But the biggest indicator of misogyny’s presence on campus isn’t what we see. It’s what we don’t see, what we don’t have.

About half the students at Tam are girls, and yet, access to period products was completely overlooked on campus until Ada Holmes-Hidalgo co-founded the Tam High Menstrual Equity Club in her sophomore year of high school. 

 “Both my friend and I noticed that there were no menstrual products in the bathrooms when we arrived at Tam, and so we felt that this was just a blatant inequality that we both wanted to fix,” Holmes-Hidalgo said. 

Holmes-Hidalgo faced backlash in her goal to increase access to menstrual products and educate others on the topic of menstruation.

“I play for the school volleyball team, and one of the older girls—I overheard her laughing about the period club, and how she just was like, ‘I can’t believe this is a club,’ and hearing that from another woman, especially someone who I looked up to … I was just like, wow. People really just don’t get it,” Holmes-Hidalgo said. 

The Menstrual Equity Club now focuses on spreading information about issues related to menstruation, as well as stocking the bathrooms at Tam with accessible period products, which California law now requires. 

It shouldn’t have taken this long to uphold care for a bodily function that half of the population at Tam experiences. 


Double Standards and breaking the cycle of misogyny at Tam

But this is just the surface of misogyny at Tam. Part of the reason why it’s been so successfully propagated is because the foundations of misogyny are so strong, both culturally and socially. This is something that is so ingrained in life — for both women and men — that it can be easy to contribute to misogynistic thought patterns and ideas without even realizing. 

“There’s a tendency to define misogyny as this deep hatred in the heart, harbored by men toward girls and women. I define misogyny as social systems or environments where women face hostility and hatred because they’re women in a man’s world — a historical patriarchy,” Cornell philosophy professor Kate Manne said in an interview with Vox

Misogyny is ingrained in the wider community, even in vocabulary — you don’t call a man all the scornful words that have been invented for women behaving similarly. You call him a player. You don’t frown upon a man getting drunk at a party, but when a woman does it, it’s trashy. 

“If a guy’s like, ‘oh my God, I’m failing all my classes,’ it’s like, oh he’s so cool, he [doesn’t care], and if a girl’s like, ‘oh, I’m failing all my classes,’ [it’s like] what’s going on, is her mental health okay?” Vogt said.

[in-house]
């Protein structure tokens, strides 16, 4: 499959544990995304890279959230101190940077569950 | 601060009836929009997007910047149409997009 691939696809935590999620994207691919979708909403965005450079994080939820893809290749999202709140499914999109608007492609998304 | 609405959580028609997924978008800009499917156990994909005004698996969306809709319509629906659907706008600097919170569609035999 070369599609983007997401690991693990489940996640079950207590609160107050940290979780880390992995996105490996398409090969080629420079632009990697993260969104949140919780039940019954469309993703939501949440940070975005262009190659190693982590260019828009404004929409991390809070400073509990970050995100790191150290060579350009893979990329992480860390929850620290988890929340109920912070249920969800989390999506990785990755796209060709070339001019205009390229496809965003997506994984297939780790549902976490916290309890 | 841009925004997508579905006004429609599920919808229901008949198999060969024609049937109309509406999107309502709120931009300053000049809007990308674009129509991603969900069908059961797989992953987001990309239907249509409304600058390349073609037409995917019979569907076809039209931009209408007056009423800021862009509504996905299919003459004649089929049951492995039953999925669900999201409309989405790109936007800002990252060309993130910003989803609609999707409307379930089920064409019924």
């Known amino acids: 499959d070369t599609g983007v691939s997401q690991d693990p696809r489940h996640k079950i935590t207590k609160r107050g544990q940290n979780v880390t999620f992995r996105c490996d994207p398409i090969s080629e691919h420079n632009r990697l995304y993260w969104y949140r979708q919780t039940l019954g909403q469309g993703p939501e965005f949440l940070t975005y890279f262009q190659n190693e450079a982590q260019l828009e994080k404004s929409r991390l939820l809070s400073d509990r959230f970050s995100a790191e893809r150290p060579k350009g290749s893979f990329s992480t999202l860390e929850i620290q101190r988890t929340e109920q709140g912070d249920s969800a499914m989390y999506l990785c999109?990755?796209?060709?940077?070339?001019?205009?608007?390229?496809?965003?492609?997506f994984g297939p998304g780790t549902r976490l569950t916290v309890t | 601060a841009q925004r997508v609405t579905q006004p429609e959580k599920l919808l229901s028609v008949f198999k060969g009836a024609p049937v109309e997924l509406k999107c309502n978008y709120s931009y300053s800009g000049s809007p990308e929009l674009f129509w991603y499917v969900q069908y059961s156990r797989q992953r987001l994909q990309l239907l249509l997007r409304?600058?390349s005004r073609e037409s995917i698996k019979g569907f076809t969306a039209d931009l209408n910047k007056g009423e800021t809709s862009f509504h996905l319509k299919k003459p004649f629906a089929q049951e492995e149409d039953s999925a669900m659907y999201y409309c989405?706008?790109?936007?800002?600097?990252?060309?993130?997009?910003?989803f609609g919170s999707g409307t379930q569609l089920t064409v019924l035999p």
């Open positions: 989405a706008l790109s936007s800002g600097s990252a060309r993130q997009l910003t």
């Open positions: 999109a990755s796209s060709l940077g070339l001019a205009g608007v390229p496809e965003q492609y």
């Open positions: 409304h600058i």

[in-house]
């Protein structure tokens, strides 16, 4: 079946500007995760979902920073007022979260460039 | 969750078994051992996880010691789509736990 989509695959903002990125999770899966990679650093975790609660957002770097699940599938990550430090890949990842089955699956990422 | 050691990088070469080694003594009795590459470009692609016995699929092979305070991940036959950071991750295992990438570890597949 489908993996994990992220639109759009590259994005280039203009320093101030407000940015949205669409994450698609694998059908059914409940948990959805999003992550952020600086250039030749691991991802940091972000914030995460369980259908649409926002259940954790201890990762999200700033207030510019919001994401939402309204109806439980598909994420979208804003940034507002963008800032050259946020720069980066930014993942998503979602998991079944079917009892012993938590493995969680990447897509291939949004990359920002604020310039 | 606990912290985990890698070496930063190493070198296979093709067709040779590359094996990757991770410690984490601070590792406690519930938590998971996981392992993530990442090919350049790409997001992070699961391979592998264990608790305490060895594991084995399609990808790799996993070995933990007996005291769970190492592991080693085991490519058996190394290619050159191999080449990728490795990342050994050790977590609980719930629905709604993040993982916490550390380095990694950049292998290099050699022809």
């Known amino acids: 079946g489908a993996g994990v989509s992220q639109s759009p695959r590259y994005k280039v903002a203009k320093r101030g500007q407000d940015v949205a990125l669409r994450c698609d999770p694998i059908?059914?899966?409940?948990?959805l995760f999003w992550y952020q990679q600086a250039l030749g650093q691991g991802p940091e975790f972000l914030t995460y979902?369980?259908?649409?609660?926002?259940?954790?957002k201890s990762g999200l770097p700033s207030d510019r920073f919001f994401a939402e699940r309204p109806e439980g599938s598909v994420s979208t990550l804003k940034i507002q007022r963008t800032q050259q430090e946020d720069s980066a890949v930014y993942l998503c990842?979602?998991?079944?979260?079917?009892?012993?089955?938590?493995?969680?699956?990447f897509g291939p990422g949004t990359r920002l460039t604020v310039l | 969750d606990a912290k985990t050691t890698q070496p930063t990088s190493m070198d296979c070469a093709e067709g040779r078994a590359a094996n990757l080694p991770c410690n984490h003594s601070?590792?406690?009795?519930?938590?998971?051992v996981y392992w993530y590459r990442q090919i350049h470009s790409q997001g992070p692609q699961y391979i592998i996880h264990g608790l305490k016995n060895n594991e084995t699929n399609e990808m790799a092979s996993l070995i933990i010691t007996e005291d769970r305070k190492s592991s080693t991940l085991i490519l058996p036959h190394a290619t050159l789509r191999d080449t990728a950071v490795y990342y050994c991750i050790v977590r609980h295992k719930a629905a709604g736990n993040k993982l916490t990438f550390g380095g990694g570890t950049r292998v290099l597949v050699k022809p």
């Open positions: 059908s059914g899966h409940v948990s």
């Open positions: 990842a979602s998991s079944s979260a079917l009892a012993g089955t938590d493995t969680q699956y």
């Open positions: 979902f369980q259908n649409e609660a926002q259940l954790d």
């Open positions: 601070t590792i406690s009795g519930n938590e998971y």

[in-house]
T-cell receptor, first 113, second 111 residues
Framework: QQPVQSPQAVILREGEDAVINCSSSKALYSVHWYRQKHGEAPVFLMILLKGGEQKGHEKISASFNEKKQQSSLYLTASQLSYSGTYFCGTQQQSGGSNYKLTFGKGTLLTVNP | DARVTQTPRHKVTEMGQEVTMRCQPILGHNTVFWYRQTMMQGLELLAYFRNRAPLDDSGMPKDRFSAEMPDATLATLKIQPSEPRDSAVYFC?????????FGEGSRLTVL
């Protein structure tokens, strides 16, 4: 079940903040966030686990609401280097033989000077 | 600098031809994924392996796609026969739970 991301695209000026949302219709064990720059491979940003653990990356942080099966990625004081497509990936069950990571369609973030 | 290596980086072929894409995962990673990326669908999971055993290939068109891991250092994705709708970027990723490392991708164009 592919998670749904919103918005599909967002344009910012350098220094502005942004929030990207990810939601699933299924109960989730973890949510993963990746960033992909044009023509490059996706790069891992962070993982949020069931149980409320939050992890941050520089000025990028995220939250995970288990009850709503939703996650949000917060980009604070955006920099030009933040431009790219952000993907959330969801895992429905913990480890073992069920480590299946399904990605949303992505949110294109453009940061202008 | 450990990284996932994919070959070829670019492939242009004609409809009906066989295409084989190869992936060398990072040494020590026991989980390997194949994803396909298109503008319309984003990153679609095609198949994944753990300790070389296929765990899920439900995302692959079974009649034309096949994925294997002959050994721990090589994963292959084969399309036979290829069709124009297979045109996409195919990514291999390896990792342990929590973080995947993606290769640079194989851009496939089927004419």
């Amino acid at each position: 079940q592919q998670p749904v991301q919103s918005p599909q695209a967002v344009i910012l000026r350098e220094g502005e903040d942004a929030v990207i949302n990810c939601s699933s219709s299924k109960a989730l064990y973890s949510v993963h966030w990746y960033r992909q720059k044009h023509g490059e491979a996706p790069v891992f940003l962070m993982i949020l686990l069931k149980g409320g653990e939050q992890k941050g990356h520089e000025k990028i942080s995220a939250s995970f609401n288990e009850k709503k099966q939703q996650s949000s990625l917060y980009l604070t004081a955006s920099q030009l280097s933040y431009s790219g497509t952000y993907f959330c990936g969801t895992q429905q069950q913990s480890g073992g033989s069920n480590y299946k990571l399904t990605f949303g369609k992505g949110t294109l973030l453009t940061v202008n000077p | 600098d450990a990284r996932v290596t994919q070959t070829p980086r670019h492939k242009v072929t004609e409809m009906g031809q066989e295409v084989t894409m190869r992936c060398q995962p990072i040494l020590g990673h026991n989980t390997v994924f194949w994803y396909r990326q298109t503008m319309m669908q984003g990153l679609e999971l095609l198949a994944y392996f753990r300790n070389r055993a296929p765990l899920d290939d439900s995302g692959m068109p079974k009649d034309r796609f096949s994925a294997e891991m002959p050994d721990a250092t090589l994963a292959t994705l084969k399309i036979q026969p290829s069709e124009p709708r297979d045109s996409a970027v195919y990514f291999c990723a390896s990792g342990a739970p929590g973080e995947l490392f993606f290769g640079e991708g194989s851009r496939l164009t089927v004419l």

This article isn’t an attack on men, or on women, or even on Tam. It’s a critique on the systems that have been put into place by a long history of misogyny. As girls, we suffer from systemic disadvantages, whether it’s being overlooked when it comes to bodily functions, or wishing we were hot enough to get catcalled. 

We are reminded of this fundamental difference in the way we are treated through constant, unending judgment of us and those around us. 

I took a five-minute break from writing this article to scroll through social media. There, I encountered a short clip of a woman documenting her running journey, clad in a blue sports bra. 

“She [definitely] did it for the attention,” the top comment states. 

“As a man, it’s different being catcalled. We love it!” enthuses the comment below.

I closed Instagram. 

It’s easy for the man commenting about catcalling to appreciate it. It’s easy because he will never be a woman or experience the assault and constant harassment that women often experience.

To be a woman is to be historically burdened by a long and violent history of inequality. To be a woman is to be scorned for something a man would be praised for. To be a woman is to be deemed inherently promiscuous because you inhabit a body, or repulsive and unlovable because you inhabit a different sort of body. To be a woman is to walk with a rock in your hand around your own block because you are being followed, and are scared you may not make it home. 

To be a woman is to read about rapes and sexual assaults and to be told you’re being dramatic when one in six women are sexually assaulted within their lifetime, according to the National Institute of Justice & Centers for Disease Control & Prevention

To be a woman is to hold off on talking about these issues for nearly two years because you are afraid you made it all up. 

But I didn’t make it up. 

And neither did the women I interviewed, or the women reading this.

The truth is that misogyny at Tam is real. It is undeniable — in the words people use, the lack of menstrual products, the prevailing sense of scrutiny that underlines the female experience. 

But the other truth is that strength lies in recognition. 

Putting a name to the experience of misogyny at Tam is the first step towards abolishing it. Solving the issue of sexism at Tam means coming together as a community to acknowledge that there is a problem, that there has been a history of oversight, and that, going forward, we will not perpetuate these systems.

Today, I took the pink earrings out of the back of my jewelry box and wore them to school.